This article originally appeared in MultiChannel Merchant on June 16, 2012.
By now, if you’re not tired of hearing about mobile, you will be soon. There is, however, good reason for all the buzz. A plethora of studies and surveys indicates three trends that should make you drop everything and make sure your mobile marketing strategy is up to snuff.
Trend 1: More consumers are shopping and purchasing on their mobile device, regardless of location
Your customers and prospects are shopping, comparing, downloading and redeeming coupons from their mobile device. They are doing this everywhere—in retail locations, on their couch, and anywhere else they use their mobile device.
Trend 2: Consumers are growing more responsive to SMS offers, and they are redeeming more email offers on mobile devices
26% of consumers receiving text message promotions say that the information has led them to take advantage of the promotion, according to a recent survey. Further, 25% say they at least buy something from the store that sent the promotion.
Text promotions, however, cannot thrive alone. Consumers trust emails and websites more than text messages. These tactics should not be viewed as separate silos of distribution. Rather, the consumer wants them to exist in a way that he or she can fluidly use any option.
Trend 3: More consumers are expecting that their shopping needs can be met on their mobile platform
Across the consumer lifecycle—from searching for a store and making a shopping list, to considering offers, to making a purchase, to sharing offers with friends, all the way to maintaining loyalty program accounts—shoppers want the flexibility to use their mobile devices.
The cost of not meeting these expectations can be higher than just a perceived inconvenience on the part of your shoppers. If you have brick and mortar locations, you should be well aware of the “showroom effect.” Other retailers are, and they’re looking to capitalize on your ignorance.
Even if you’re 100% online, the showroom effect applies. Imagine a man waiting in the airport, shopping on his mobile device for a gift for his daughter’s upcoming birthday. While reviewing built-up offers in his email inbox, he’s probably more likely to use one formatted for mobile which allows him to finish his purchases without squinting or breaking out his laptop. (Don’t forget that location really doesn’t matter anymore; replace ‘waiting at the airport’ with ‘sitting on the couch watching TV’, or ‘spending idle time at work’, and you’ll still find consumers using mobile devices more and more.)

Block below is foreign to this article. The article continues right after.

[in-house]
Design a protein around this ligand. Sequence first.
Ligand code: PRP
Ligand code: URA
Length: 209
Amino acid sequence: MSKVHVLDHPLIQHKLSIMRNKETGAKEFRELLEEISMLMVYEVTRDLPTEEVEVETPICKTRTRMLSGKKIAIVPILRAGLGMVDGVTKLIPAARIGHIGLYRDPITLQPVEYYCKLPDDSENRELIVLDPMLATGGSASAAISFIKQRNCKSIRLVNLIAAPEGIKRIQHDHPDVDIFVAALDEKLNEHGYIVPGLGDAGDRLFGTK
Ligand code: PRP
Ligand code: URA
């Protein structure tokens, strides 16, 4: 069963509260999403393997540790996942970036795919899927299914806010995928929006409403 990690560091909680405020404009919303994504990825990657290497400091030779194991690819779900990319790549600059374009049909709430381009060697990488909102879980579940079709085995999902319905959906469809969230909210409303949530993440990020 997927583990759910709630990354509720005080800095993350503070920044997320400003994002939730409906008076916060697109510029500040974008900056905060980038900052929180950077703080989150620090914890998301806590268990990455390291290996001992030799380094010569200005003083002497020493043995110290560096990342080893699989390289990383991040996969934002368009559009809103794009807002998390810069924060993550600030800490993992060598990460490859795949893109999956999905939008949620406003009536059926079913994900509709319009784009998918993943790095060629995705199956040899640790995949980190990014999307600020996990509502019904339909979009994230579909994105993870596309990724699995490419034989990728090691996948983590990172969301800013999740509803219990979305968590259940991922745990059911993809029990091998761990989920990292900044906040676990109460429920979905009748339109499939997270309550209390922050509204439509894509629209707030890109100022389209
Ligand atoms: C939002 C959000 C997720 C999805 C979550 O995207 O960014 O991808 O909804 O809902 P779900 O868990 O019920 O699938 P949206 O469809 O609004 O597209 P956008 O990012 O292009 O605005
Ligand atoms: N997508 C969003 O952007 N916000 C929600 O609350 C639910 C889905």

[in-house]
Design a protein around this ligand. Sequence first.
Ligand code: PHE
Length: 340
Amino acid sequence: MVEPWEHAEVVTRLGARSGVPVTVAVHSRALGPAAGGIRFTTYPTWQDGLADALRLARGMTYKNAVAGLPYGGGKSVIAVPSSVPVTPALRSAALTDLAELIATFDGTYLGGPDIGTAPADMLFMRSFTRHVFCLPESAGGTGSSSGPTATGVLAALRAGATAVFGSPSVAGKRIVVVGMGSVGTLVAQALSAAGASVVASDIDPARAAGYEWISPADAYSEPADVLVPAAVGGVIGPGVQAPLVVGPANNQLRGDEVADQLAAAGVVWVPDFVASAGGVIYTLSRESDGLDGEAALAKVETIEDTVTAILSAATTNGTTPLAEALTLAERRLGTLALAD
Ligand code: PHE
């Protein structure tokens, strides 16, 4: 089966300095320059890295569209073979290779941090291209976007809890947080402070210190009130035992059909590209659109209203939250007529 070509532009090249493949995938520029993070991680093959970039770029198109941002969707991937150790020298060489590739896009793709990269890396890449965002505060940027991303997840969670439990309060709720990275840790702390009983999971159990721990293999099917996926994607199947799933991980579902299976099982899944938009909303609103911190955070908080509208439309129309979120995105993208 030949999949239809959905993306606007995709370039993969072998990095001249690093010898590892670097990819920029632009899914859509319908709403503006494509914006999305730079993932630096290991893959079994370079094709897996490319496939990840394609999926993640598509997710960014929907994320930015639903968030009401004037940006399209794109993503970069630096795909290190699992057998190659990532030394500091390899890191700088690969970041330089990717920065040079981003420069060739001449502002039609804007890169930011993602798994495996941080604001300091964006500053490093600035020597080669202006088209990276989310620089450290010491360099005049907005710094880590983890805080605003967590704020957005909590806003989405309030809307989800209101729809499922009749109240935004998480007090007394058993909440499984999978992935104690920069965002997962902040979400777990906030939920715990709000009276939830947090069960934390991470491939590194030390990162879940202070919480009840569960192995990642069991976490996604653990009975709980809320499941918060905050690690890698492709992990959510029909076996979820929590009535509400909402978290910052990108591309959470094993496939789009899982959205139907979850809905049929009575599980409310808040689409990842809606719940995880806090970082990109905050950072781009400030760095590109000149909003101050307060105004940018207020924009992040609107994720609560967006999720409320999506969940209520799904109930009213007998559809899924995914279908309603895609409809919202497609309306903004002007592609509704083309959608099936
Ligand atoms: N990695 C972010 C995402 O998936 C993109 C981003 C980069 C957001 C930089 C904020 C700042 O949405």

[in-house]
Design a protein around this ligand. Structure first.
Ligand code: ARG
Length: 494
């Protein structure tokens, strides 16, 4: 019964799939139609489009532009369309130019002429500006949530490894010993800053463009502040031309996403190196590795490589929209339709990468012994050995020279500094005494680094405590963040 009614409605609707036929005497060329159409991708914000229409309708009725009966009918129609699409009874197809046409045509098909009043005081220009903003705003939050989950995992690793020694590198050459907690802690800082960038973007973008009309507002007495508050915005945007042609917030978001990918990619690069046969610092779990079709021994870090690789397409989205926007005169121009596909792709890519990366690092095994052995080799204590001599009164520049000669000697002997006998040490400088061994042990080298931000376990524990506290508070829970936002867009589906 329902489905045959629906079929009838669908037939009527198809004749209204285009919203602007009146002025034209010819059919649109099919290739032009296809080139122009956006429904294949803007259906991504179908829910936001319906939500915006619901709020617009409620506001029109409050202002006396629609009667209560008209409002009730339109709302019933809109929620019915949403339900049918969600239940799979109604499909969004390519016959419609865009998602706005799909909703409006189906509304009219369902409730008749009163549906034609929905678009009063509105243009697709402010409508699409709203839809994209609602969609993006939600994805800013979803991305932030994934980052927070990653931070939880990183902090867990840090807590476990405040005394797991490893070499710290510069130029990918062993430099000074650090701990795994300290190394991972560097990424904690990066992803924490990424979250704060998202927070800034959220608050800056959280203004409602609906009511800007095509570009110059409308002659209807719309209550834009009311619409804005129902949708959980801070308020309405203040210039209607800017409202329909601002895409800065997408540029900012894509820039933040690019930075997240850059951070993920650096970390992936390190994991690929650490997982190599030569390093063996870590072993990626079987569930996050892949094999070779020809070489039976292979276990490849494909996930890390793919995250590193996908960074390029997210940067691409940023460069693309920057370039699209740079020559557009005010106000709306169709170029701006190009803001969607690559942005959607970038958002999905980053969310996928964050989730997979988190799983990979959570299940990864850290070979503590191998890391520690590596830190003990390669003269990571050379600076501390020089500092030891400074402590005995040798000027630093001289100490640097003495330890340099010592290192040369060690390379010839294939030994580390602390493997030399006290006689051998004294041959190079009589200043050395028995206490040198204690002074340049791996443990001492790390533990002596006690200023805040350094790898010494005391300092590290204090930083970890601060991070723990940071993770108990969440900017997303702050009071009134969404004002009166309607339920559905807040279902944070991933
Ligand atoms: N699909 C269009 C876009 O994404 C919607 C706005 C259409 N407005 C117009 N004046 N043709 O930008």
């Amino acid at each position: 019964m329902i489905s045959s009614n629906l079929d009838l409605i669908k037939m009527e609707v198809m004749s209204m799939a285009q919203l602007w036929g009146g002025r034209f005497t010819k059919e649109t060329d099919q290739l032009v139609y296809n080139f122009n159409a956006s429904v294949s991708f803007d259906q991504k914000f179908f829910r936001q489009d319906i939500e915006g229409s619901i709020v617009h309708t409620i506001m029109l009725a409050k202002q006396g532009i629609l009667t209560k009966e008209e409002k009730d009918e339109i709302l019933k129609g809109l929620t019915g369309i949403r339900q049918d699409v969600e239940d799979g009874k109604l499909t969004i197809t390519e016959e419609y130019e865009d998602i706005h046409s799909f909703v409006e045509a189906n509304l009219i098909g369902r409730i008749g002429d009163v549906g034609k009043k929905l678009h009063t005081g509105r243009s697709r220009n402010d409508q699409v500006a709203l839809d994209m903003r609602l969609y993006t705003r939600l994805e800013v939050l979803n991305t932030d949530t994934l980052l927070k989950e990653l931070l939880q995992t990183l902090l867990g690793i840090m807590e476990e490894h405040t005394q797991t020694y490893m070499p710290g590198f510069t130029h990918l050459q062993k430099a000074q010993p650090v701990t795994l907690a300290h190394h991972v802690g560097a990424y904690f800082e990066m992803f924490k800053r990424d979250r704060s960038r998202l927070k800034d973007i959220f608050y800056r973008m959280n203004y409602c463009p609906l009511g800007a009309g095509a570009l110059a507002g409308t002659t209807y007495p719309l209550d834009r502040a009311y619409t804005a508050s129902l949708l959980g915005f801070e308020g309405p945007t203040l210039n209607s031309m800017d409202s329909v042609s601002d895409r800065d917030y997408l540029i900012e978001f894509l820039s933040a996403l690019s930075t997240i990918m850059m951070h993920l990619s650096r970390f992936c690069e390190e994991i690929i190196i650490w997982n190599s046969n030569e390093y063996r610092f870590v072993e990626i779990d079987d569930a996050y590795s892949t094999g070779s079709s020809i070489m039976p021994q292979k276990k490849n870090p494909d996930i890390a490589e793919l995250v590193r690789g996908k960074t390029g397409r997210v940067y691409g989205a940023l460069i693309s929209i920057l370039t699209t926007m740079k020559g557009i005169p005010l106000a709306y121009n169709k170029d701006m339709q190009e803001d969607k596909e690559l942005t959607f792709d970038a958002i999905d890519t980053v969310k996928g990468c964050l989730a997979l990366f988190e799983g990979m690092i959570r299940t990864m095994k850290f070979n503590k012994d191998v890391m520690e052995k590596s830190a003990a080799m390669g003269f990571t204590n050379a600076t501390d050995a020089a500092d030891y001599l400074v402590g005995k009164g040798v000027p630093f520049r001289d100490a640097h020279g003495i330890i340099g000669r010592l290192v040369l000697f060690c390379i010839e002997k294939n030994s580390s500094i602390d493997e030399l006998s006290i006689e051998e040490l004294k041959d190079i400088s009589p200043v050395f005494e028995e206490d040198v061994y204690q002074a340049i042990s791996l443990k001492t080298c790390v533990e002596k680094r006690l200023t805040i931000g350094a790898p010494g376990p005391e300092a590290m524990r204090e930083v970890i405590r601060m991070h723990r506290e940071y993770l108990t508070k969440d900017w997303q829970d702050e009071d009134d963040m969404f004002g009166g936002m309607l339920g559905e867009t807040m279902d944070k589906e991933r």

So it’s obvious that mobile is going to become (if it isn’t already) mission critical to meeting your customers’ needs, and your revenue goals. Here are some tips on how to get started now so you’re not left in the dust:
1. Model success
Many retailers are getting mobile right. One that stands out is Home Depot.
Home Depot has covered almost all the mobile use cases. They have apps for the top mobile platforms, plus a mobile-optimized site that allows you to find a store, shop, and even buy items to pick up at a store.
Plus, Home Depot makes great use of text message marketing to notify consumers of current promotions.
Still, Home Depot could expand on their mobile offering by tying in their text message capabilities with a lifecycle marketing management program, allowing them to follow up with targeted email and SMS messaging, thus allowing the fluid experience consumers desire. Overall, they are a step ahead of many retailers in the mobile space.
2. Start small
After reviewing the robust offerings of a giant retailer like Home Depot, don’t try to build Rome in a day. Start small.
Build a responsive email template that is mobile-friendly so your subscribers see your offers, regardless of their device.
Build a mobile-optimized landing page for key offers and promotions. You don’t have to capture every feature of your full site. Think about what a consumer might want to accomplish when accessing your site with a mobile device (maybe the latest offers). Test to verify your assumptions.
Consider building a native mobile application. Perhaps the potential benefits of having an app in addition to a mobile-optimized site are minimal. But don’t rely on your intuition. Ask your customers what they would like to see.
3. Measure the impact (or potential impact)
Find out how many people are accessing your content with mobile devices, and measure the change over time. This may provide the necessary impetus to justify investment in mobile optimization.
Once you begin optimizing for mobile platforms, track the success or lift from the enhancements. For example, you can run A/B tests to see if a responsive email template leads to a better conversion rate for mobile users than a non-responsive one.
Don’t let your consumers brand you as mobile-unfriendly. Embrace the changing way that users access your content, and respond accordingly.